Dental Pulp Necrosis
A richly vascularized and innervated connective tissue of mesodermal origin, contained in the central cavity of a tooth and delimited by the dentin, and having formative, nutritive, sensory, and protective functions. (Jablonski, Dictionary of Dentistry, 1992)
Root Canal Irrigants
Chemicals used mainly to disinfect root canals after pulpectomy and before obturation. The major ones are camphorated monochlorophenol, EDTA, formocresol, hydrogen peroxide, metacresylacetate, and sodium hypochlorite. Root canal irrigants include also rinsing solutions of distilled water, sodium chloride, etc.
Dental Pulp Capping
Dental Pulp Exposure
The result of pathological changes in the hard tissue of a tooth caused by carious lesions, mechanical factors, or trauma, which render the pulp susceptible to bacterial invasion from the external environment.
Dental Pulp Diseases
The pathological process occurring in cells that are dying from irreparable injuries. It is caused by the progressive, uncontrolled action of degradative ENZYMES, leading to MITOCHONDRIAL SWELLING, nuclear flocculation, and cell lysis. It is distinct it from APOPTOSIS, which is a normal, regulated cellular process.
Localized destruction of the tooth surface initiated by decalcification of the enamel followed by enzymatic lysis of organic structures and leading to cavity formation. If left unchecked, the cavity may penetrate the enamel and dentin and reach the pulp.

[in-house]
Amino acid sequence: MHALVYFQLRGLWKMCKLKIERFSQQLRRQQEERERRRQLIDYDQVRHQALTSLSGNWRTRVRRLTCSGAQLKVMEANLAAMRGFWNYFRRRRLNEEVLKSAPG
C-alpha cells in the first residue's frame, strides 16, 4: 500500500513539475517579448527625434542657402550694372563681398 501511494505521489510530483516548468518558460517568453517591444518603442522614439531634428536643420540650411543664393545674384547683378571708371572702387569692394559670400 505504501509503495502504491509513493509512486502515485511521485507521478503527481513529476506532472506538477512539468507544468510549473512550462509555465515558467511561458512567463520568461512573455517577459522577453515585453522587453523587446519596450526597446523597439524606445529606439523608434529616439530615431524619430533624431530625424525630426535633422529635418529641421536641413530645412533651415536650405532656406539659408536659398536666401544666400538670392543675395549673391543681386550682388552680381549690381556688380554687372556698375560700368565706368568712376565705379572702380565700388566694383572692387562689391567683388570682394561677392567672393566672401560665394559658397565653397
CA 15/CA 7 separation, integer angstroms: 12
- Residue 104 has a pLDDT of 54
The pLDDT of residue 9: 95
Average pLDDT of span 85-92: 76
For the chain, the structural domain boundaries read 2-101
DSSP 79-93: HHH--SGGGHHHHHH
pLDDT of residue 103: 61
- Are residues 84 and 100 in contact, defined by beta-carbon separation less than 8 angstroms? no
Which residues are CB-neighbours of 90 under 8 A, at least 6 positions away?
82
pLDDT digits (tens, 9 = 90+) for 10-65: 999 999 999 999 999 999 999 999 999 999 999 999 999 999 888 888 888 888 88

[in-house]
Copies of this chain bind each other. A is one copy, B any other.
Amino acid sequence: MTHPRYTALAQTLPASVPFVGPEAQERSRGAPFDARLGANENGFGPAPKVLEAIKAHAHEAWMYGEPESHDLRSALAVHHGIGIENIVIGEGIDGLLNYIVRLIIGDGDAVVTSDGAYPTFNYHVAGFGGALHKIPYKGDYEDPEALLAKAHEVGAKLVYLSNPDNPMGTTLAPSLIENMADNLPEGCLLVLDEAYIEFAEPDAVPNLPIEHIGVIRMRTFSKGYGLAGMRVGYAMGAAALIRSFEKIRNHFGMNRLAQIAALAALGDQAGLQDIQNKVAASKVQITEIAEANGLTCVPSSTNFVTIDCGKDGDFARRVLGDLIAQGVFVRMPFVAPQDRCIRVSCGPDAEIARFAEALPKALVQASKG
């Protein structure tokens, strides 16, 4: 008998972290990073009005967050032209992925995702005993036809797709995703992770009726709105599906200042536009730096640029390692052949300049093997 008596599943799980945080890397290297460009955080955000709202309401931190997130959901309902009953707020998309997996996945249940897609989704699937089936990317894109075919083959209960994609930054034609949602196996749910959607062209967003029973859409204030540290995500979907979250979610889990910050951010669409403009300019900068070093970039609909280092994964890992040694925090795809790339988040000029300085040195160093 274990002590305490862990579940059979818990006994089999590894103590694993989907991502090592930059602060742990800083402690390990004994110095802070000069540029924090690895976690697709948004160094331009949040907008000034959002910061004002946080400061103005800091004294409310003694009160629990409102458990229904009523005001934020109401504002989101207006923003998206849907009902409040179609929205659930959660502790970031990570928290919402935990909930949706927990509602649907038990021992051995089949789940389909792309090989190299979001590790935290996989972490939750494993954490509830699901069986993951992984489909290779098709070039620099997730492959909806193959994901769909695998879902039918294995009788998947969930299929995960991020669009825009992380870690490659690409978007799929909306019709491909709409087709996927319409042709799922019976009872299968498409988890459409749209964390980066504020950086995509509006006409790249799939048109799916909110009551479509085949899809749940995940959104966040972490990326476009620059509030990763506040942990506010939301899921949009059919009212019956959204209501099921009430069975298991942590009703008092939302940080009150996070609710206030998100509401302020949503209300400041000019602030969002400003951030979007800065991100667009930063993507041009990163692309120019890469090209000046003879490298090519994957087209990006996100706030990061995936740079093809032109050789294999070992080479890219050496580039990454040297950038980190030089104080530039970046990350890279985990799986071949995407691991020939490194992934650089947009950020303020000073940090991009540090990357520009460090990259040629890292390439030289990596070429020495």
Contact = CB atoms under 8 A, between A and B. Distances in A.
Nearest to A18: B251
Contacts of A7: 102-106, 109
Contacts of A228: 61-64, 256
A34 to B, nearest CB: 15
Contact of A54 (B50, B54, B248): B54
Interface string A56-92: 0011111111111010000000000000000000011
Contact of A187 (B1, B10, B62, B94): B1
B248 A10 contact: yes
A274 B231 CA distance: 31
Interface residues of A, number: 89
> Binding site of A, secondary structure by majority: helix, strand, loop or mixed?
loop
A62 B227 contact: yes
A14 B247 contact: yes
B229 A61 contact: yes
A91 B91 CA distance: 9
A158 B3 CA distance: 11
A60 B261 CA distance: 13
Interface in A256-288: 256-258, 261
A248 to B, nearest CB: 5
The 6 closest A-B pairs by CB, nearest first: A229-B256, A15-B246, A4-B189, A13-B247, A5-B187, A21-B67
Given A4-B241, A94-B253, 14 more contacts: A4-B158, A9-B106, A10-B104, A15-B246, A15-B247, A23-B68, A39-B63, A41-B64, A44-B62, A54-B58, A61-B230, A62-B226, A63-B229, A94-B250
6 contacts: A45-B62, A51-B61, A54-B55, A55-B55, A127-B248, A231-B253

The formation of dentin. Dentin first appears in the layer between the ameloblasts and odontoblasts and becomes calcified immediately. Formation progresses from the tip of the papilla over its slope to form a calcified cap becoming thicker by the apposition of new layers pulpward. A layer of uncalcified dentin intervenes between the calcified tissue and the odontoblast and its processes. (From Jablonski, Dictionary of Dentistry, 1992)
Tumor Necrosis Factor-alpha
Serum glycoprotein produced by activated MACROPHAGES and other mammalian MONONUCLEAR LEUKOCYTES. It has necrotizing activity against tumor cell lines and increases ability to reject tumor transplants. Also known as TNF-alpha, it is only 30% homologous to TNF-beta (LYMPHOTOXIN), but they share TNF RECEPTORS.
Dental Pulp Cavity
Dental Care for Chronically Ill
Dental Service, Hospital
Hospital department providing dental care.
A detailed review and evaluation of selected clinical records by qualified professional personnel for evaluating quality of dental care.
Dental procedure in which the entire pulp chamber is removed from the crown and roots of a tooth.
Root Canal Therapy
A treatment modality in endodontics concerned with the therapy of diseases of the dental pulp. For preparatory procedures, ROOT CANAL PREPARATION is available.
Dental procedure in which part of the pulp chamber is removed from the crown of a tooth.
Semiautonomous, self-reproducing organelles that occur in the cytoplasm of all cells of most, but not all, eukaryotes. Each mitochondrion is surrounded by a double limiting membrane. The inner membrane is highly invaginated, and its projections are called cristae. Mitochondria are the sites of the reactions of oxidative phosphorylation, which result in the formation of ATP. They contain distinctive RIBOSOMES, transfer RNAs (RNA, TRANSFER); AMINO ACYL T RNA SYNTHETASES; and elongation and termination factors. Mitochondria depend upon genes within the nucleus of the cells in which they reside for many essential messenger RNAs (RNA, MESSENGER). Mitochondria are believed to have arisen from aerobic bacteria that established a symbiotic relationship with primitive protoeukaryotes. (King & Stansfield, A Dictionary of Genetics, 4th ed)
Encyclopedias as Topic
Dental Occlusion, Traumatic
Partial or complete displacement of a tooth from its alveolar support. It is commonly the result of trauma. (From Boucher's Clinical Dental Terminology, 4th ed, p312)
Any fluid-filled closed cavity or sac that is lined by an EPITHELIUM. Cysts can be of normal, abnormal, non-neoplastic, or neoplastic tissues.